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Thread: When Choirs Sing, Many Hearts Beat As One

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    Senior Member Lunasong's Avatar
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    Default When Choirs Sing, Many Hearts Beat As One

    When Choirs Sing, Many Hearts Beat As One


    Lifting voices together in praise can be a transcendent experience, unifying a church congregation in a way that is somehow both fervent and soothing. But is there actually a physical basis for those feelings?

    To find this out, researchers of the Sahlgrenska Academy at the University of Gothenburg in Sweden studied the heart rates of high school choir members as they joined their voices. Their findings, published this week in Frontiers in Neuroscience, confirm that choir music has calming effects on the heart — especially when sung in unison.

    Using pulse monitors attached to the singers' ears, the researchers measured the changes in the choir members' heart rates as they navigated the intricate harmonies of a Swedish hymn. When the choir began to sing, their heart rates slowed down.

    "When you sing the phrases, it is a form of guided breathing," says musicologist Bjorn Vickhoff of the Sahlgrenska Academy who led the project. "You exhale on the phrases and breathe in between the phrases. When you exhale, the heart slows down."

    But what really struck him was that it took almost no time at all for the singers' heart rates to become synchronized. The readout from the pulse monitors starts as a jumble of jagged lines, but quickly becomes a series of uniform peaks. The heart rates fall into a shared rhythm guided by the song's tempo.

    "The members of the choir are synchronizing externally with the melody and the rhythm, and now we see it has an internal counterpart," Vickhoff says.

    This is just one little study, and these findings might not apply to other singers. But all religions and cultures have some ritual of song, and it's tempting to ask what this could mean about shared musical experience and communal spirituality.

    "It's a beautiful way to feel. You are not alone but with others who feel the same way," Vickhoff says.

    He plans to continue exploring the physical and neurological responses of our body to music on a long-term project he calls Body Score. As an instructor, he wonders how this knowledge might be used to create more cohesive group dynamic in a classroom setting or in the workplace.

    "When I was young, every day started with a teacher sitting down at an old organ to sing a hymn," Vickhoff says. "Wasn't that a good idea — to get the class to think, 'We are one, and we are going to work together today.' "
    "To be a musician is a curse. To NOT be one is even worse." Jack Daney

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    Senior Member Bix's Avatar
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    If the choir are good, practice together, stay together this research doesn't surprise me. Singing pieces with a choir is like being on the same emotional journey together. Choirs don't work when members are competing and not working together.

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    Senior Member Lunasong's Avatar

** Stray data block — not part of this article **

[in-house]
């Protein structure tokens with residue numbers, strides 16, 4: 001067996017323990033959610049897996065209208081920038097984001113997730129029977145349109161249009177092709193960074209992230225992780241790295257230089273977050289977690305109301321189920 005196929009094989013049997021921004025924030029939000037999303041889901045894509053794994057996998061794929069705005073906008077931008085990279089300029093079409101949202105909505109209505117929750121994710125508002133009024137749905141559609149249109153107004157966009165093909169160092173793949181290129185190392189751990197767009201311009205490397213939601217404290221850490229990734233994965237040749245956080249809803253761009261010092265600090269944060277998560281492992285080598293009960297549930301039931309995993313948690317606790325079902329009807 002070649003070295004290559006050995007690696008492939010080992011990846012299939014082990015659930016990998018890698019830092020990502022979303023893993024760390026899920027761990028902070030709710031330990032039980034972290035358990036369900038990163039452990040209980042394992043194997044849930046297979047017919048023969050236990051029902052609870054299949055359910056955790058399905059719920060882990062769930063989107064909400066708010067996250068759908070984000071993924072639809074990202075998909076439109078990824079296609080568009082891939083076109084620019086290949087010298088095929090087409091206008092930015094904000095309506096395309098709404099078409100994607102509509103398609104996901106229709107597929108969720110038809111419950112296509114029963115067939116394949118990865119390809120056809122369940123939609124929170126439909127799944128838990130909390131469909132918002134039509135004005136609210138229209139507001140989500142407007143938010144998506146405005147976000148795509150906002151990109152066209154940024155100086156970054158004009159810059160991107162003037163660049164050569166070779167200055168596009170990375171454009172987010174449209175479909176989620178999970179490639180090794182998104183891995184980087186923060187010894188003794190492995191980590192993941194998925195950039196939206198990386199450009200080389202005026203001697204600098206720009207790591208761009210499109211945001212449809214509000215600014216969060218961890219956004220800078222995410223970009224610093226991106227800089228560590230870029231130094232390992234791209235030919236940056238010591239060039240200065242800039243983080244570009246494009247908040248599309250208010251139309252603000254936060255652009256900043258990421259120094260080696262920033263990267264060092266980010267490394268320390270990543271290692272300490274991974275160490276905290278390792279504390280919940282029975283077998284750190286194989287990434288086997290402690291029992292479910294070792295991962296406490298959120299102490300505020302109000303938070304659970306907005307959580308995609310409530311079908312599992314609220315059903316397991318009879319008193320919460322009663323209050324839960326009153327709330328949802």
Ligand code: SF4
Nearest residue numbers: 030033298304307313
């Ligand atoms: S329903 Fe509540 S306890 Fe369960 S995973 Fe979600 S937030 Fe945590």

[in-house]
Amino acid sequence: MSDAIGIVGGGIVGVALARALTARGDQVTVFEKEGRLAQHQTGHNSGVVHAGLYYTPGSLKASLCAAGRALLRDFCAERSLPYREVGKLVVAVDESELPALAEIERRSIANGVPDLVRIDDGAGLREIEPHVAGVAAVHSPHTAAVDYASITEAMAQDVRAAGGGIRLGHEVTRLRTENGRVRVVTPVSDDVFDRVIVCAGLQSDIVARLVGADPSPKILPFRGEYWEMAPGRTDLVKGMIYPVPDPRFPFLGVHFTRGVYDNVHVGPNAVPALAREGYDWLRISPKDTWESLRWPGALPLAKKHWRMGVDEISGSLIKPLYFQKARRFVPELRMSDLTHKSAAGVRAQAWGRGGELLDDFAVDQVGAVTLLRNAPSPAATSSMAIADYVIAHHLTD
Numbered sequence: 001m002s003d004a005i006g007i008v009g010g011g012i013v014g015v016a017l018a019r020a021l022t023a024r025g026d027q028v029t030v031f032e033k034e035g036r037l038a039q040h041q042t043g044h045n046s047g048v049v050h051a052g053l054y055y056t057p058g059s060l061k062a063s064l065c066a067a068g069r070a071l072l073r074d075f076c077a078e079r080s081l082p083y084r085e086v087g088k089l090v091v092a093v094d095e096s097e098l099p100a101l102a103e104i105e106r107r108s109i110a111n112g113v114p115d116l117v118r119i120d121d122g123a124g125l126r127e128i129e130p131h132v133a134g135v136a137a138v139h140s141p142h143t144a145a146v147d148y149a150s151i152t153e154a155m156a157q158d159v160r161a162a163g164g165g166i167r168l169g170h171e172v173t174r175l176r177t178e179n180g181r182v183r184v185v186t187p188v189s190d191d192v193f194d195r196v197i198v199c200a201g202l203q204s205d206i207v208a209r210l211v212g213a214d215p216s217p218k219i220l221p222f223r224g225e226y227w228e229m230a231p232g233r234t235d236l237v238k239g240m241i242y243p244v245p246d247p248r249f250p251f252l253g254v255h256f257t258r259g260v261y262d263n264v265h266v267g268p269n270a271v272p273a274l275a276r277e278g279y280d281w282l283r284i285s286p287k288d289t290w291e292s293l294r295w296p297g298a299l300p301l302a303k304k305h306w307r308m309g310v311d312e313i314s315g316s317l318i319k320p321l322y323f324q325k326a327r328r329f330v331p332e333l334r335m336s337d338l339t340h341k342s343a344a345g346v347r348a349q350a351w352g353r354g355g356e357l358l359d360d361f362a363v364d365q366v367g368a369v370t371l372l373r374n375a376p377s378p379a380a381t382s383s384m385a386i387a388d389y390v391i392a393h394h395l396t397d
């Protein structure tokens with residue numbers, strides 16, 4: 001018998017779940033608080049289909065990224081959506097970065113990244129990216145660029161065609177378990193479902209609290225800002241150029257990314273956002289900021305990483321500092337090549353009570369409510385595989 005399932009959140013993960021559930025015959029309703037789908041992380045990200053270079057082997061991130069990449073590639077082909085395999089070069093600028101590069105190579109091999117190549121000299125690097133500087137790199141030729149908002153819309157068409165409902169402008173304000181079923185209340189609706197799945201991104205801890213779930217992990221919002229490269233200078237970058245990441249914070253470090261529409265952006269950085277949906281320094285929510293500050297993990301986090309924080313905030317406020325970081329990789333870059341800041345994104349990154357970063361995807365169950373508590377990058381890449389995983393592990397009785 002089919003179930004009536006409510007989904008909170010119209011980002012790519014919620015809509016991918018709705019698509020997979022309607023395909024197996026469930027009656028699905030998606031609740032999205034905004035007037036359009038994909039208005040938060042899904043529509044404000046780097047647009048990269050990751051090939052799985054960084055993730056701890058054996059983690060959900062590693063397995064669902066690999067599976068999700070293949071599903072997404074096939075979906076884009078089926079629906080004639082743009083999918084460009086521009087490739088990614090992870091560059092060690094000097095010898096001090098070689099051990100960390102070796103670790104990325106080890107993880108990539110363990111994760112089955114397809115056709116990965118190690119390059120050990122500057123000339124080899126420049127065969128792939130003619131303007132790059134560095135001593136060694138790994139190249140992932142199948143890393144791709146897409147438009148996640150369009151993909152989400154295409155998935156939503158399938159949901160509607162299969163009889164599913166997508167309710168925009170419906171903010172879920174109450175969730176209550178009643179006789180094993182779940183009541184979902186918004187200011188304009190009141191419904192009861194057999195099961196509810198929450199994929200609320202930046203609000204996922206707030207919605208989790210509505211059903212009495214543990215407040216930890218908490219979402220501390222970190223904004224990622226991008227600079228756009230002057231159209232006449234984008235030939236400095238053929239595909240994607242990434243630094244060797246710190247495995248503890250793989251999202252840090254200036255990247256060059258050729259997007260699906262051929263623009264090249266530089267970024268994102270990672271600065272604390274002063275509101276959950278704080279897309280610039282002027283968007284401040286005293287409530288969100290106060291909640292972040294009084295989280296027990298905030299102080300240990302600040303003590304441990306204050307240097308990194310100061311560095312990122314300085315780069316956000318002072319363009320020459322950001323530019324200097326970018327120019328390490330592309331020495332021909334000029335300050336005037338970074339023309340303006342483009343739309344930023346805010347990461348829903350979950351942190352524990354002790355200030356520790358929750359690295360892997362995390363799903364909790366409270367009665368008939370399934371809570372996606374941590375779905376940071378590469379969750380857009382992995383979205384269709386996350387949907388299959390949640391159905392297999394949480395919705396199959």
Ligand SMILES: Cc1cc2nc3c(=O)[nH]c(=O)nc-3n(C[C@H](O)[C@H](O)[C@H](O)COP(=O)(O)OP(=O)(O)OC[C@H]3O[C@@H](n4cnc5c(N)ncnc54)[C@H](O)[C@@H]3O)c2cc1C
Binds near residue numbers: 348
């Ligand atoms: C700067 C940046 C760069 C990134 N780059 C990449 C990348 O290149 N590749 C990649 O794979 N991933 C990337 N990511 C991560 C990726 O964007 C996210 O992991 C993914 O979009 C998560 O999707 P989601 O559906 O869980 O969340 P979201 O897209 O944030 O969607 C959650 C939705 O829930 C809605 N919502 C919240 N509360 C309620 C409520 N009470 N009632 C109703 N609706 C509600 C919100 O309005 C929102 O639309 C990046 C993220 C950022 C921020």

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    The graph referenced in the article.

    I can't read this other than it shows a definite reduction in variability at a specific point, including a tendency for the result lines to follow similar contours. If you look closely at the start of the chart, it appears the red and blue line are already somewhat coordinating their contours.

    That green guy is really benefiting from a dose of "music therapy."

    I have no idea how long a choir has to sing together achieve this (both in terms of how long the choir's been singing together and how long in this instance), how many samples were involved (3 is a low sample number) or why this graph is printed on staff paper.

    Link to original publication and abstract:

    Choir singing is known to promote wellbeing. One reason for this may be that singing demands a slower than normal respiration, which may in turn affect heart activity. Coupling of heart rate variability (HRV) to respiration is called Respiratory sinus arrhythmia (RSA). This coupling has a subjective as well as a biologically soothing effect, and it is beneficial for cardiovascular function. RSA is seen to be more marked during slow-paced breathing and at lower respiration rates (0.1 Hz and below). In this study, we investigate how singing, which is a form of guided breathing, affects HRV and RSA. The study comprises a group of healthy 18 year olds of mixed gender. The subjects are asked to; (1) hum a single tone and breathe whenever they need to; (2) sing a hymn with free, unguided breathing; and (3) sing a slow mantra and breathe solely between phrases. Heart rate (HR) is measured continuously during the study. The study design makes it possible to compare above three levels of song structure. In a separate case study, we examine five individuals performing singing tasks (1–3). We collect data with more advanced equipment, simultaneously recording HR, respiration, skin conductance and finger temperature. We show how song structure, respiration and HR are connected. Unison singing of regular song structures makes the hearts of the singers accelerate and decelerate simultaneously. Implications concerning the effect on wellbeing and health are discussed as well as the question how this inner entrainment may affect perception and behavior.
    Last edited by Lunasong; Jul-14-2013 at 17:39.
    "To be a musician is a curse. To NOT be one is even worse." Jack Daney

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